“Third, Reducing nuclear commitments: Another option is Iran’s nuclear program, in which the country can take a sensitive step in Western security thinking, such as increasing enrichment levels to more than 20 percent or limiting access by IAEA inspectors. To this end, Deputy Chairman of the National Security Commission of Parliament, Abbas Moghtadaei, has announced discussions on an urgent bill to stop the voluntary implementation of the Additional Protocol by Iran. Given the U.S. policy of maximum pressure and acts of sabotage in Iran in recent weeks, which are said to have been carried out by Israel — as well as the practical passivity of Europeans in supporting the JCPOA — supporters of a withdrawal from the JCPOA and even the Nuclear Non-Proliferation Treaty are increasing every day among some of Iran’s elites and the public.
“Iran’s non-response to these acts of sabotage may be taken to indicate an equal lack of will to respond to the probable seizure of its oil tankers. But there is an important difference between the two situations. If the tankers are seized, U.S. culpability will be clear, and Iran will have to respond in some way, as it did in the case of Major General Qassem Soleimani’s assassination. Israel, on the other hand, has not accepted responsibility for the acts of sabotage, and Iran may respond proportionally to Israel using similarly underhanded methods in the coming weeks.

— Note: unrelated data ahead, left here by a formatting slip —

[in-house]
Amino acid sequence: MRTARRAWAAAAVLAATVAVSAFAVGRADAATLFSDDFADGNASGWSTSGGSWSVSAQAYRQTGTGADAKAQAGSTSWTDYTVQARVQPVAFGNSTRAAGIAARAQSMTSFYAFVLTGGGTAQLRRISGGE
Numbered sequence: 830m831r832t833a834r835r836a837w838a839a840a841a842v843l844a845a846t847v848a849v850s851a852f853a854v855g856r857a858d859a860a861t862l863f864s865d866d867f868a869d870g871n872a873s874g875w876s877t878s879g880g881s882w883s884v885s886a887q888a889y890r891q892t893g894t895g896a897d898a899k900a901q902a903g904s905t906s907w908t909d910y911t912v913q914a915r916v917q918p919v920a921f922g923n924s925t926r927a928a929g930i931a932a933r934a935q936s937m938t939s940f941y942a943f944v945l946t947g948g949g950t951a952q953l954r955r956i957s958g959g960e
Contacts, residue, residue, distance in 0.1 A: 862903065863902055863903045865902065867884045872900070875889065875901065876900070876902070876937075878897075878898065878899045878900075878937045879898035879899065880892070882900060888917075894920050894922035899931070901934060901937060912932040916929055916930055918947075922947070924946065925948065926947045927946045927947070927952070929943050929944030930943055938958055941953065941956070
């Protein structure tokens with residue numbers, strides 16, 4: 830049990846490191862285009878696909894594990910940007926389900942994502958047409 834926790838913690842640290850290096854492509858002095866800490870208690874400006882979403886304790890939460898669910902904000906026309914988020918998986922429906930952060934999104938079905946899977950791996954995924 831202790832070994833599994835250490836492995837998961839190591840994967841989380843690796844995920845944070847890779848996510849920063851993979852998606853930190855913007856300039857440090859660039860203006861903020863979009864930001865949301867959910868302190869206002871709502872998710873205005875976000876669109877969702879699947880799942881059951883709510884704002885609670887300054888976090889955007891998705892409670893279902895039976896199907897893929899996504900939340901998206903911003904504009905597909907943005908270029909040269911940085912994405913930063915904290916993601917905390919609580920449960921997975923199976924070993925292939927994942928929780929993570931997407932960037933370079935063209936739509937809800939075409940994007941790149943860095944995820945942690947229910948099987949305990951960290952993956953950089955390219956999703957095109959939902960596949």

“Fourth, disruption in the Strait of Hormuz: Another option could be the disruption of maritime traffic in the Strait of Hormuz by increasing military movements and making the international strait insecure. In fact, unlike the second option, Iran would not be taking direct action against the U.S. here. But it would try to force the U.S. to reconsider its actions with a show of power and maneuvers as well as putting pressure on countries benefitting from commerce via the Strait of Hormuz. As Iran’s oil sales have dropped to a minimum, the importance of this international waterway has diminished for Iran.
“Fifth, proxy forces in the region: Another option that may be more visible is the use of proxy forces supporting Iran in the region, in particular, al-Hashd al-Shaabi Popular Mobilization Forces in Iraq and Ansarullah in Yemen to impose costs on the U.S. and its allies. Nevertheless, this option has its own limitations and conditions. The extent of these costs and its success during the prime ministership of Mustafa Al-Kadhimi in Iraq is debatable.”
Bayat also wrote that Iran would not remain silent about the seizure of the oil tankers. He noted the Iranian parliament is now made up of a majority of “hardliners” that have put “moderates” like President Hassan Rouhani and Foreign Minister Javad Zarif “in their weakest position in seven years.”
Ultimately, he concluded, a crisis breaking out between the U.S. and Iran was “very probable.”
Originally published at TruNews.